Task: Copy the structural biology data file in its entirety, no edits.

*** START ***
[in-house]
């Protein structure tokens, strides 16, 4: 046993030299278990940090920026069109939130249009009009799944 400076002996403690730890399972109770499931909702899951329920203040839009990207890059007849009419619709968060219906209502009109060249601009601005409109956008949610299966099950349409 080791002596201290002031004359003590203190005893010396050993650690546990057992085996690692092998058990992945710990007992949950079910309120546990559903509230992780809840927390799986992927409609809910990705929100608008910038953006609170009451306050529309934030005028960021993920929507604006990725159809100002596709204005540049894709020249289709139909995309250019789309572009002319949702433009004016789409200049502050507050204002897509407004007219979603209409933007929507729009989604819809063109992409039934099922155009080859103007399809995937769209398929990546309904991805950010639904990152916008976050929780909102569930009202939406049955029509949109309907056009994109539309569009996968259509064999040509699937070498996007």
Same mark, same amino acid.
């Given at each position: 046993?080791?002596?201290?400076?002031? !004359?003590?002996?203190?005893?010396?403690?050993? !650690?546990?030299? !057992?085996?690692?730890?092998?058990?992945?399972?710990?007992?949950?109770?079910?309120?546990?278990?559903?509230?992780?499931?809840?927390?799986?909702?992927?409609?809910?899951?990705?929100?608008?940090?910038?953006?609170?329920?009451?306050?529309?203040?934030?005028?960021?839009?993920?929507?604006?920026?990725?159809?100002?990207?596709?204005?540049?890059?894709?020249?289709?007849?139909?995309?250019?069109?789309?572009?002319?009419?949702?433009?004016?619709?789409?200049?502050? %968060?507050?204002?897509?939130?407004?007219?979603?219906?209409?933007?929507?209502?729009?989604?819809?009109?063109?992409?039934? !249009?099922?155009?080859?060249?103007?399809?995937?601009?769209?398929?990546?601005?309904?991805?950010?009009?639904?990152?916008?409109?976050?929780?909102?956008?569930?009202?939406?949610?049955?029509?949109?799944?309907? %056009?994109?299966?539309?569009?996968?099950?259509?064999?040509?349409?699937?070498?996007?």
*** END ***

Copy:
[in-house]
């Protein structure tokens, strides 16, 4: 046993030299278990940090920026069109939130249009009009799944 400076002996403690730890399972109770499931909702899951329920203040839009990207890059007849009419619709968060219906209502009109060249601009601005409109956008949610299966099950349409 080791002596201290002031004359003590203190005893010396050993650690546990057992085996690692092998058990992945710990007992949950079910309120546990559903509230992780809840927390799986992927409609809910990705929100608008910038953006609170009451306050529309934030005028960021993920929507604006990725159809100002596709204005540049894709020249289709139909995309250019789309572009002319949702433009004016789409200049502050507050204002897509407004007219979603209409933007929507729009989604819809063109992409039934099922155009080859103007399809995937769209398929990546309904991805950010639904990152916008976050929780909102569930009202939406049955029509949109309907056009994109539309569009996968259509064999040509699937070498996007």
Same mark, same amino acid.
């Given at each position: 046993?080791?002596?201290?400076?002031? !004359?003590?002996?203190?005893?010396?403690?050993? !650690?546990?030299? !057992?085996?690692?730890?092998?058990?992945?399972?710990?007992?949950?109770?079910?309120?546990?278990?559903?509230?992780?499931?809840?927390?799986?909702?992927?409609?809910?899951?990705?929100?608008?940090?910038?953006?609170?329920?009451?306050?529309?203040?934030?005028?960021?839009?993920?929507?604006?920026?990725?159809?100002?990207?596709?204005?540049?890059?894709?020249?289709?007849?139909?995309?250019?069109?789309?572009?002319?009419?949702?433009?004016?619709?789409?200049?502050? %968060?507050?204002?897509?939130?407004?007219?979603?219906?209409?933007?929507?209502?729009?989604?819809?009109?063109?992409?039934? !249009?099922?155009?080859?060249?103007?399809?995937?601009?769209?398929?990546?601005?309904?991805?950010?009009?639904?990152?916008?409109?976050?929780?909102?956008?569930?009202?939406?949610?049955?029509?949109?799944?309907? %056009?994109?299966?539309?569009?996968?099950?259509?064999?040509?349409?699937?070498?996007?």